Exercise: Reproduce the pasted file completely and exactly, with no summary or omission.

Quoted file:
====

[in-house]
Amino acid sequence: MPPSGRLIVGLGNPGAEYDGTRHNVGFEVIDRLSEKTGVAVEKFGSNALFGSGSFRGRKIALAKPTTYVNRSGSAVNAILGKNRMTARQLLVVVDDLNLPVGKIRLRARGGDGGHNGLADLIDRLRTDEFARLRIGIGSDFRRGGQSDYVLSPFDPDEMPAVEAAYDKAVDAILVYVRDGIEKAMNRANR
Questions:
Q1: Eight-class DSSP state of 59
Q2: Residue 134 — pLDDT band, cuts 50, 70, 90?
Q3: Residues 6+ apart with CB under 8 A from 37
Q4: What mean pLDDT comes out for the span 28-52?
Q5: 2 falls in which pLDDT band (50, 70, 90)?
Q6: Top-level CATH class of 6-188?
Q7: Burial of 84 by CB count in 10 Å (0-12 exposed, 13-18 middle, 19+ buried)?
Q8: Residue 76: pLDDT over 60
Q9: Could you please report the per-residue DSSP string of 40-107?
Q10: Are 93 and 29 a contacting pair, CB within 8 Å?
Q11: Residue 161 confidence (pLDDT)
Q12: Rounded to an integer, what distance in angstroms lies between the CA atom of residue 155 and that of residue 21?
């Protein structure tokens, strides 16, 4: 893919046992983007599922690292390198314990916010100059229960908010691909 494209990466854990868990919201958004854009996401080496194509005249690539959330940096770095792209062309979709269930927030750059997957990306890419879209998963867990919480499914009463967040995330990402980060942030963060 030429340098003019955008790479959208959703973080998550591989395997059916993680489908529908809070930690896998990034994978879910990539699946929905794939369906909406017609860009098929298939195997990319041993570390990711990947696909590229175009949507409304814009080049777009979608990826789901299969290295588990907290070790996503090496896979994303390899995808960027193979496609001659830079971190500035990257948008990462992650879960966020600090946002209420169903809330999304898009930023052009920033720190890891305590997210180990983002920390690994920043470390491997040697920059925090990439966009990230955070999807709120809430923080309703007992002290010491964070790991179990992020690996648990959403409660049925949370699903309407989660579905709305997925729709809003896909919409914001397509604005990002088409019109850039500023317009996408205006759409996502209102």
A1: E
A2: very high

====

[in-house]
Amino acid sequence: MPPSGRLIVGLGNPGAEYDGTRHNVGFEVIDRLSEKTGVAVEKFGSNALFGSGSFRGRKIALAKPTTYVNRSGSAVNAILGKNRMTARQLLVVVDDLNLPVGKIRLRARGGDGGHNGLADLIDRLRTDEFARLRIGIGSDFRRGGQSDYVLSPFDPDEMPAVEAAYDKAVDAILVYVRDGIEKAMNRANR
Questions:
Q1: Eight-class DSSP state of 59
Q2: Residue 134 — pLDDT band, cuts 50, 70, 90?
Q3: Residues 6+ apart with CB under 8 A from 37
Q4: What mean pLDDT comes out for the span 28-52?
Q5: 2 falls in which pLDDT band (50, 70, 90)?
Q6: Top-level CATH class of 6-188?
Q7: Burial of 84 by CB count in 10 Å (0-12 exposed, 13-18 middle, 19+ buried)?
Q8: Residue 76: pLDDT over 60
Q9: Could you please report the per-residue DSSP string of 40-107?
Q10: Are 93 and 29 a contacting pair, CB within 8 Å?
Q11: Residue 161 confidence (pLDDT)
Q12: Rounded to an integer, what distance in angstroms lies between the CA atom of residue 155 and that of residue 21?
């Protein structure tokens, strides 16, 4: 893919046992983007599922690292390198314990916010100059229960908010691909 494209990466854990868990919201958004854009996401080496194509005249690539959330940096770095792209062309979709269930927030750059997957990306890419879209998963867990919480499914009463967040995330990402980060942030963060 030429340098003019955008790479959208959703973080998550591989395997059916993680489908529908809070930690896998990034994978879910990539699946929905794939369906909406017609860009098929298939195997990319041993570390990711990947696909590229175009949507409304814009080049777009979608990826789901299969290295588990907290070790996503090496896979994303390899995808960027193979496609001659830079971190500035990257948008990462992650879960966020600090946002209420169903809330999304898009930023052009920033720190890891305590997210180990983002920390690994920043470390491997040697920059925090990439966009990230955070999807709120809430923080309703007992002290010491964070790991179990992020690996648990959403409660049925949370699903309407989660579905709305997925729709809003896909919409914001397509604005990002088409019109850039500023317009996408205006759409996502209102």
A1: E
A2: very high